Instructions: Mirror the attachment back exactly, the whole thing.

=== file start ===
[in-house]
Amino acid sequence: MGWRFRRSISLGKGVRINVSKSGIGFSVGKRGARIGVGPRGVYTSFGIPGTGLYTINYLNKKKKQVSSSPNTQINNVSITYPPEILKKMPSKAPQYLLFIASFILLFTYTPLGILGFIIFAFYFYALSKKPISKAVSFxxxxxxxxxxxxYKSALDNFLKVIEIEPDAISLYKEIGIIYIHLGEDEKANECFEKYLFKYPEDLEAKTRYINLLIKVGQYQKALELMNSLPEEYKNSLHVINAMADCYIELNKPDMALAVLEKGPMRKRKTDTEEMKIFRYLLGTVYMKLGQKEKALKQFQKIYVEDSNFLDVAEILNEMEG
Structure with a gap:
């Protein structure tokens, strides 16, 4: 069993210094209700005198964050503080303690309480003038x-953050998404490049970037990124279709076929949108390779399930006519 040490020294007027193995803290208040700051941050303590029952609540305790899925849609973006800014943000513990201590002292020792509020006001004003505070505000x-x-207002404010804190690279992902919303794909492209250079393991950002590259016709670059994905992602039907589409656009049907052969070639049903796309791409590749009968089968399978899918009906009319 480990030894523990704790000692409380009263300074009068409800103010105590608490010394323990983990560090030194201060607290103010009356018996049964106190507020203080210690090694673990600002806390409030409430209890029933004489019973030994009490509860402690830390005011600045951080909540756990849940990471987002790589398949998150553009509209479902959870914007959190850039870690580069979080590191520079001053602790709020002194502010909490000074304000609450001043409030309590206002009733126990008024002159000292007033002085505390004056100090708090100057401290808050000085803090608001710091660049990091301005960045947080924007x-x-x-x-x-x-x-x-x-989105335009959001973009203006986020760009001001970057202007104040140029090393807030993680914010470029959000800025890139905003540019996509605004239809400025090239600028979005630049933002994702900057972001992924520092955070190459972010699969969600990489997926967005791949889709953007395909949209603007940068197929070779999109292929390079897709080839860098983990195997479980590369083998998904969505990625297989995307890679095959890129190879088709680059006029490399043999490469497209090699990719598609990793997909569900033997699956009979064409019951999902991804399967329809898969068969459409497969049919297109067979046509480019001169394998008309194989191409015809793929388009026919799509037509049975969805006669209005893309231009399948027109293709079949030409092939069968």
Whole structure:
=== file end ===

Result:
[in-house]
Amino acid sequence: MGWRFRRSISLGKGVRINVSKSGIGFSVGKRGARIGVGPRGVYTSFGIPGTGLYTINYLNKKKKQVSSSPNTQINNVSITYPPEILKKMPSKAPQYLLFIASFILLFTYTPLGILGFIIFAFYFYALSKKPISKAVSFxxxxxxxxxxxxYKSALDNFLKVIEIEPDAISLYKEIGIIYIHLGEDEKANECFEKYLFKYPEDLEAKTRYINLLIKVGQYQKALELMNSLPEEYKNSLHVINAMADCYIELNKPDMALAVLEKGPMRKRKTDTEEMKIFRYLLGTVYMKLGQKEKALKQFQKIYVEDSNFLDVAEILNEMEG
Structure with a gap:
């Protein structure tokens, strides 16, 4: 069993210094209700005198964050503080303690309480003038x-953050998404490049970037990124279709076929949108390779399930006519 040490020294007027193995803290208040700051941050303590029952609540305790899925849609973006800014943000513990201590002292020792509020006001004003505070505000x-x-207002404010804190690279992902919303794909492209250079393991950002590259016709670059994905992602039907589409656009049907052969070639049903796309791409590749009968089968399978899918009906009319 480990030894523990704790000692409380009263300074009068409800103010105590608490010394323990983990560090030194201060607290103010009356018996049964106190507020203080210690090694673990600002806390409030409430209890029933004489019973030994009490509860402690830390005011600045951080909540756990849940990471987002790589398949998150553009509209479902959870914007959190850039870690580069979080590191520079001053602790709020002194502010909490000074304000609450001043409030309590206002009733126990008024002159000292007033002085505390004056100090708090100057401290808050000085803090608001710091660049990091301005960045947080924007x-x-x-x-x-x-x-x-x-989105335009959001973009203006986020760009001001970057202007104040140029090393807030993680914010470029959000800025890139905003540019996509605004239809400025090239600028979005630049933002994702900057972001992924520092955070190459972010699969969600990489997926967005791949889709953007395909949209603007940068197929070779999109292929390079897709080839860098983990195997479980590369083998998904969505990625297989995307890679095959890129190879088709680059006029490399043999490469497209090699990719598609990793997909569900033997699956009979064409019951999902991804399967329809898969068969459409497969049919297109067979046509480019001169394998008309194989191409015809793929388009026919799509037509049975969805006669209005893309231009399948027109293709079949030409092939069968």
Whole structure: